71. Timmerman I, Hoogenboezem M et al (2012) The tyrosine phosphatase SHP2 regulates recovery of endothelial adherens junctions through control of beta-catenin phosphorylation. Mol Biol Cell 23(21):4212–4225PubMedCentralPubMedCrossRefGoogle Scholar
  72. Twiss F, de Rooij J (2013) Cadherin mechanotransduction in tissue remodeling. Cell Mol Life Sci 70(21):4101–4116PubMedCrossRefGoogle Scholar
  73. Twiss F, Le Duc Q et al (2012) Vinculin-dependent Cadherin mechanosensing regulates efficient epithelial barrier formation. Biol Open 1(11):1128–1140PubMedCentralPubMedCrossRefGoogle Scholar
  74. Ukropec JA, Hollinger MK et al (2000) SHP2 association with VE-cadherin complexes in human endothelial cells is regulated by thrombin. J Biol Chem 275(8):5983–5986PubMedCrossRefGoogle Scholar
  75. Valiron O, Chevrier V et al (1996) Desmoplakin expression and organization at human umbilical vein endothelial cell-to-cell junctions. J Cell Sci 109(Pt 8):2141–2149PubMedGoogle Scholar
  76. Vasioukhin V, Bauer C et al (2000) Directed actin polymerization is the driving force for epithelial cell-cell adhesion. Cell 100(2):209–219PubMedCrossRefGoogle Scholar
  77. Vega FM, Fruhwirth G et al (2011) RhoA and RhoC have distinct roles in migration and invasion by acting through different targets. J Cell Biol 193(4):655–665PubMedCentralPubMedCrossRefGoogle Scholar
  78. Vestweber D, Broermann A et al (2010) Control of endothelial barrier function by regulating vascular endothelial-cadherin. Curr Opin Hematol 17(3):230–236PubMedCrossRefGoogle Scholar
  79. Wang S, Cao C et al (2012) Pericytes regulate vascular basement membrane remodeling and govern neutrophil extravasation during inflammation. PLoS ONE 7(9):e45499PubMedCentralPubMedCrossRefGoogle Scholar
  80. Wildenberg GA, Dohn MR et al (2006) p120-catenin and p190RhoGAP regulate cell-cell adhesion by coordinating antagonism between Rac and Rho. Cell 127(5):1027–1039PubMedCrossRefGoogle Scholar
  81. Wilson CW, Parker LH, et al (2013) Rasip1 regulates vertebrate vascular endothelial junction stability through Epac1-Rap1 signaling. Blood 122:3678–3690Google Scholar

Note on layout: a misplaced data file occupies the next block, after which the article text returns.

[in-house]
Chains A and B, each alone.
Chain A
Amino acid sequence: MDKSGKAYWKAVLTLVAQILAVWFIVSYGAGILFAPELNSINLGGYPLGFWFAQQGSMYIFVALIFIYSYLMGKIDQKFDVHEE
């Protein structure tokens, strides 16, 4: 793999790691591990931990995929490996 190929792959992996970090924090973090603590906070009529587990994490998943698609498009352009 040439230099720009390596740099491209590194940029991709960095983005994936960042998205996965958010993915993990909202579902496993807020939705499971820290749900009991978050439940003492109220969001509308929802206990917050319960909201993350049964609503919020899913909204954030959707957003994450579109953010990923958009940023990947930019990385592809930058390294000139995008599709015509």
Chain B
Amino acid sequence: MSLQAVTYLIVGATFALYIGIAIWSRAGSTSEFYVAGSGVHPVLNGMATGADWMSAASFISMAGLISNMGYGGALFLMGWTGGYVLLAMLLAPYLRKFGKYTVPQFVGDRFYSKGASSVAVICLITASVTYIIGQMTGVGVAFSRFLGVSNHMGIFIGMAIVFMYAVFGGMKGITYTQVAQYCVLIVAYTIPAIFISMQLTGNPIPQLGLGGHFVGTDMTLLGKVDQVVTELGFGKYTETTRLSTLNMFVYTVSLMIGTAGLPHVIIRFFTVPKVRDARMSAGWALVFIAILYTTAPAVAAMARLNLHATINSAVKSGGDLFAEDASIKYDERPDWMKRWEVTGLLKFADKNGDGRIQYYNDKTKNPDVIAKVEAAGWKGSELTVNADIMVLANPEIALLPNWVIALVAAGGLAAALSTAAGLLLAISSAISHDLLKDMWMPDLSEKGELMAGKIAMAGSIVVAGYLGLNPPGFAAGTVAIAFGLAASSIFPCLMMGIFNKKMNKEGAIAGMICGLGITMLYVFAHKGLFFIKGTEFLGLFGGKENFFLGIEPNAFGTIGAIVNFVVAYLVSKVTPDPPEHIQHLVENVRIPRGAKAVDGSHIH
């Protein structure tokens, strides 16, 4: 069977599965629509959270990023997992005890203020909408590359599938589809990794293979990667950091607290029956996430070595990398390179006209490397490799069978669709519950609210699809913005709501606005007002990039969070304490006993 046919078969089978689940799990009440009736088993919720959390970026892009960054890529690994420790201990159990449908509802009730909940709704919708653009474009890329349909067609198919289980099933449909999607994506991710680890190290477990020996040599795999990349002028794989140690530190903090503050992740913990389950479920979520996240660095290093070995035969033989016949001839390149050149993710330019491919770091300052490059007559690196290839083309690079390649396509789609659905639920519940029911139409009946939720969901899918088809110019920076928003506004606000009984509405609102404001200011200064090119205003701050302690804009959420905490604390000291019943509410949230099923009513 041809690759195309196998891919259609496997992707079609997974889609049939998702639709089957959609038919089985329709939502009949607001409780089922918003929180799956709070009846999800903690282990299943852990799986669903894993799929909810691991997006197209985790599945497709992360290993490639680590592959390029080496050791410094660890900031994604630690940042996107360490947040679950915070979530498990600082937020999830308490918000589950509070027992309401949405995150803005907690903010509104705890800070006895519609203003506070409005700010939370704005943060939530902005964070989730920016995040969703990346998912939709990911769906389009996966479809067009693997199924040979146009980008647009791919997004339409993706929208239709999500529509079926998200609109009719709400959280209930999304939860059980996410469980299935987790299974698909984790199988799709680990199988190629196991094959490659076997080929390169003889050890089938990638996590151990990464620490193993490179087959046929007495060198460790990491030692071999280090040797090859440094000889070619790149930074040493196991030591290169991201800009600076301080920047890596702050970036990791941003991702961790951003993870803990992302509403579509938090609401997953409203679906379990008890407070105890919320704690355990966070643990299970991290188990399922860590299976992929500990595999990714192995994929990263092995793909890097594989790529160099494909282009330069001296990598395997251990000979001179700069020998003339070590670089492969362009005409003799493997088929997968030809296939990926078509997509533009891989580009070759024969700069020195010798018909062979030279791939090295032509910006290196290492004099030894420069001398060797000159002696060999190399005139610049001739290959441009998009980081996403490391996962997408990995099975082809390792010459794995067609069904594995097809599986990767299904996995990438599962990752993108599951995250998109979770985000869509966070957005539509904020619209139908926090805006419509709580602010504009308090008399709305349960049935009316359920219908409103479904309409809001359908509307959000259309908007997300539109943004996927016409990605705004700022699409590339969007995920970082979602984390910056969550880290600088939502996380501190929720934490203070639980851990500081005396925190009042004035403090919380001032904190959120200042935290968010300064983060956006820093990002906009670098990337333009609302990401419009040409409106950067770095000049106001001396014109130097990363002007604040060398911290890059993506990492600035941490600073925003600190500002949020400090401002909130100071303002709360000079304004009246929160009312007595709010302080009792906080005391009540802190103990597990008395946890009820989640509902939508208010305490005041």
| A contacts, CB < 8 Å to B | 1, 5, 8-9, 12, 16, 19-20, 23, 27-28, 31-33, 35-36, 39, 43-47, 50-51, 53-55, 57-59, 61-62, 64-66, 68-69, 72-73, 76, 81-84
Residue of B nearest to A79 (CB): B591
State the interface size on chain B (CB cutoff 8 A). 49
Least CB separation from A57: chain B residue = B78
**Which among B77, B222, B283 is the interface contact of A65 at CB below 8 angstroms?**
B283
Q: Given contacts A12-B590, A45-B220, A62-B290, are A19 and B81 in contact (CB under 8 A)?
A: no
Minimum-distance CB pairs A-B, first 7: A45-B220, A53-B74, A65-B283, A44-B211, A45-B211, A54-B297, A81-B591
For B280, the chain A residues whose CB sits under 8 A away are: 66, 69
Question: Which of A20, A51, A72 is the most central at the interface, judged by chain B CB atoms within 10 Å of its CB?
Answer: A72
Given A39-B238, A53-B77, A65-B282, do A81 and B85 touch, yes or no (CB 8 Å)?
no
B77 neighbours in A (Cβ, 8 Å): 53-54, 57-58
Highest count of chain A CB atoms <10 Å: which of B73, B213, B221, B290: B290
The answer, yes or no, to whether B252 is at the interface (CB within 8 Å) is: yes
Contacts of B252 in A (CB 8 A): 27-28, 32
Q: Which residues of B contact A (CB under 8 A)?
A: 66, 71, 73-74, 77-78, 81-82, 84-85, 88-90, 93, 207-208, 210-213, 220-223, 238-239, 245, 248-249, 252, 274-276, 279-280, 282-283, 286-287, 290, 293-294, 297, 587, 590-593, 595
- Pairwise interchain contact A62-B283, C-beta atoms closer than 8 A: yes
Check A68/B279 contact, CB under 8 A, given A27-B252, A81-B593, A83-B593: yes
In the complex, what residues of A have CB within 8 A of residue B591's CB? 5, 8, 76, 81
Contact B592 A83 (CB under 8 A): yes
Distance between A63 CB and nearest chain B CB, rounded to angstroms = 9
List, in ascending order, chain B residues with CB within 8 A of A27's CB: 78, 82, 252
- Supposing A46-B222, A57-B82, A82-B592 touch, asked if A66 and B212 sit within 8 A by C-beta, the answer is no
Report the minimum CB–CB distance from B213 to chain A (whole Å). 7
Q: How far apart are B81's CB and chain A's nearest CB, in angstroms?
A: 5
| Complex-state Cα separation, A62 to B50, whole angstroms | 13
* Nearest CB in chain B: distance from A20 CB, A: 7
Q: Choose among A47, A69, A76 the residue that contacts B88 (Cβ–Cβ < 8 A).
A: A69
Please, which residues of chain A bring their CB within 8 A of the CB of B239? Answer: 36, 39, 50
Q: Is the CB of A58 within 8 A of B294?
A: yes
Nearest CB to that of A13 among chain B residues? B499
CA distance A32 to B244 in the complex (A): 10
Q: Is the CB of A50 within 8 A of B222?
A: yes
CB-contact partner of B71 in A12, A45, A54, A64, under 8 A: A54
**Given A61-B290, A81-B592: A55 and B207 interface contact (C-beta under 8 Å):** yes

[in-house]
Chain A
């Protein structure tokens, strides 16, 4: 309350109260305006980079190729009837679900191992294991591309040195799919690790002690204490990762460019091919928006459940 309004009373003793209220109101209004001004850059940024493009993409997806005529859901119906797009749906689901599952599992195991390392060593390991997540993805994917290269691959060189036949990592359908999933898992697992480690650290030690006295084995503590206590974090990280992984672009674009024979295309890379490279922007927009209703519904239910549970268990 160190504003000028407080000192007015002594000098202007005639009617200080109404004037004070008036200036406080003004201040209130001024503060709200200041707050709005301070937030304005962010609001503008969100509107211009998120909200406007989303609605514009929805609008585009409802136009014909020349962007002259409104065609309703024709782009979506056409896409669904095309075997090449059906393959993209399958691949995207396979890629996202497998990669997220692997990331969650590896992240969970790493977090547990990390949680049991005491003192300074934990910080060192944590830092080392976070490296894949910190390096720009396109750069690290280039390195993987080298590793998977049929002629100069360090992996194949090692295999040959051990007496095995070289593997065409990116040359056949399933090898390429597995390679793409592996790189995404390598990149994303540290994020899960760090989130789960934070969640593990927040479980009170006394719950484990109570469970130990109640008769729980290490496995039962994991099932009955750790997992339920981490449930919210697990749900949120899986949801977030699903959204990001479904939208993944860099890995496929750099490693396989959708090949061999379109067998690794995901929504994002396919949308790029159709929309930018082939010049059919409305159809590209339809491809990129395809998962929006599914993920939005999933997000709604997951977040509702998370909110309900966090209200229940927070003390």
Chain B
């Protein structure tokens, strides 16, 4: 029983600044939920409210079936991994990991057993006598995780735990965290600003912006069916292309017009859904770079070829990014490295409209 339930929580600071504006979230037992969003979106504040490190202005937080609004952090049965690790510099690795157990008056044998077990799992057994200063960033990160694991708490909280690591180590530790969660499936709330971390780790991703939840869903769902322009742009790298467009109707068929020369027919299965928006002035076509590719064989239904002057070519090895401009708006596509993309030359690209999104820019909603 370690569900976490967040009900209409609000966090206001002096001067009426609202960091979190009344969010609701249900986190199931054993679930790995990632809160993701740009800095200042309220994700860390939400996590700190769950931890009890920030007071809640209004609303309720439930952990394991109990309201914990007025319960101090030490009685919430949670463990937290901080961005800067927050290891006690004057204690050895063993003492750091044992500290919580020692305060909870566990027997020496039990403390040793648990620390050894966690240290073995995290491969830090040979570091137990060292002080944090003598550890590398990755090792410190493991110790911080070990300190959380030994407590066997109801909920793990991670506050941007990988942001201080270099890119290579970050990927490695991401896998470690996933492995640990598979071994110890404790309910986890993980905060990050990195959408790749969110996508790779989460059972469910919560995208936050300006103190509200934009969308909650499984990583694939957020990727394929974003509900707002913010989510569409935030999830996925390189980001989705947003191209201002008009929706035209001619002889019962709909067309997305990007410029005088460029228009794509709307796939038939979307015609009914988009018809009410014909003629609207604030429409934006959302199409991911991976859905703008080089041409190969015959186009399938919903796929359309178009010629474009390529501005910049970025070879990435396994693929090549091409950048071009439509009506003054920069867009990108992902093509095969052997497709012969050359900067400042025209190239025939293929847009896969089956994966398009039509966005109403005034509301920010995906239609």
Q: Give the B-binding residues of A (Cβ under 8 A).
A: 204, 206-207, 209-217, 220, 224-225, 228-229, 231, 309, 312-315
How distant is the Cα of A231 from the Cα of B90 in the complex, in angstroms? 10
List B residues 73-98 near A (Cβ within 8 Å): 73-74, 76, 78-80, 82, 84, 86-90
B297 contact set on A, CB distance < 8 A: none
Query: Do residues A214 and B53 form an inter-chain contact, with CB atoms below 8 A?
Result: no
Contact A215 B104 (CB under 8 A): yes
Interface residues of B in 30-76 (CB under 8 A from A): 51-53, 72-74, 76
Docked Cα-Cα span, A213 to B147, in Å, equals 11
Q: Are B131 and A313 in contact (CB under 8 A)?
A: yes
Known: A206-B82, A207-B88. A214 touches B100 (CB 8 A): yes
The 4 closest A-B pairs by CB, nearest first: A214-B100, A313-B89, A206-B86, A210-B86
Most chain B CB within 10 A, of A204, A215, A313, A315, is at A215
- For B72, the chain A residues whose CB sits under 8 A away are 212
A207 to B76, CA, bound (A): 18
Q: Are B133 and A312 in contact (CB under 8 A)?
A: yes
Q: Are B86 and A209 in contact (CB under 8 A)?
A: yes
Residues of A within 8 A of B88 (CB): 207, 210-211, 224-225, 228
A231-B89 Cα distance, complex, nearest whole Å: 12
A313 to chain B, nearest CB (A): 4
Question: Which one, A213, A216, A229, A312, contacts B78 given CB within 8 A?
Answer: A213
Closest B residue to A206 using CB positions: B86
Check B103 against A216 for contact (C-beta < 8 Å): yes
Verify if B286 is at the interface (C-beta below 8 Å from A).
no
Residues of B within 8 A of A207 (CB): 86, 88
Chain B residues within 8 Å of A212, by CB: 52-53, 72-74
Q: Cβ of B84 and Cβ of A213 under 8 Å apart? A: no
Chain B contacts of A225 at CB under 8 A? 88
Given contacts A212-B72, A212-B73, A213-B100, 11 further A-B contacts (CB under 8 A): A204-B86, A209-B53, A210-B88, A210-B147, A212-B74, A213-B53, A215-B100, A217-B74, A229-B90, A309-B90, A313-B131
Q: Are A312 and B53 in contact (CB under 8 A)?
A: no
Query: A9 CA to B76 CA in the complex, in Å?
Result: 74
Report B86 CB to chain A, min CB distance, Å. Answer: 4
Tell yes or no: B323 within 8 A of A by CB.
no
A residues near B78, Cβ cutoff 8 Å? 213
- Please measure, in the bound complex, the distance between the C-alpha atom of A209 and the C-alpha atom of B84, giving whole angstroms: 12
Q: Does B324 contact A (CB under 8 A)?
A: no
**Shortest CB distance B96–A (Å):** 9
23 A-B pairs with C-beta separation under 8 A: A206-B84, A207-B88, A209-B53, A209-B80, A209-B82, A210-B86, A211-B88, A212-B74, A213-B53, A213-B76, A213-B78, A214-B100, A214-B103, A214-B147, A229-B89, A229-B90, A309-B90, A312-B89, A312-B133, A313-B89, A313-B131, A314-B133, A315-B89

82. Wojciak-Stothard B, Ridley AJ (2002) Rho GTPases and the regulation of endothelial permeability. Vascul Pharmacol 39(4–5):187–199PubMedCrossRefGoogle Scholar
  83. Wong EY, Morgan L et al (2000) Vascular endothelial growth factor stimulates dephosphorylation of the catenins p120 and p100 in endothelial cells. Biochem J 346(Pt 1):209–216PubMedCentralPubMedCrossRefGoogle Scholar
  84. Worthylake RA, Burridge K (2003) RhoA and ROCK promote migration by limiting membrane protrusions. J Biol Chem 278(15):13578–13584PubMedCrossRefGoogle Scholar
  85. Yamamoto T, Harada N et al (1999) In vivo interaction of AF-6 with activated Ras and ZO-1. Biochem Biophys Res Commun 259(1):103–107PubMedCrossRefGoogle Scholar
  86. Yokoyama S, Tachibana K et al (2001) alpha-catenin-independent recruitment of ZO-1 to nectin-based cell-cell adhesion sites through afadin. Mol Biol Cell 12(6):1595–1609PubMedCentralPubMedCrossRefGoogle Scholar
  87. Yonemura S, Wada Y et al (2010) alpha-Catenin as a tension transducer that induces adherens junction development. Nat Cell Biol 12(6):533–542PubMedCrossRefGoogle Scholar
  88. Zebda N, Dubrovskyi O et al (2012) Focal adhesion kinase regulation of mechanotransduction and its impact on endothelial cell functions. Microvasc Res 83(1):71–81PubMedCentralPubMedCrossRefGoogle Scholar
  89. Zhang Z, Izaguirre G et al (2004) The phosphorylation of vinculin on tyrosine residues 100 and 1065, mediated by SRC kinases, affects cell spreading. Mol Biol Cell 15(9):4234–4247PubMedCentralPubMedCrossRefGoogle Scholar

Copyright information

© Springer-Verlag Berlin Heidelberg 2014

Authors and Affiliations

  1. 1.Hubrecht Institute for Developmental Biology and Stem Cell ResearchUniversity Medical Centre UtrechtUtrechtThe Netherlands

Personalised recommendations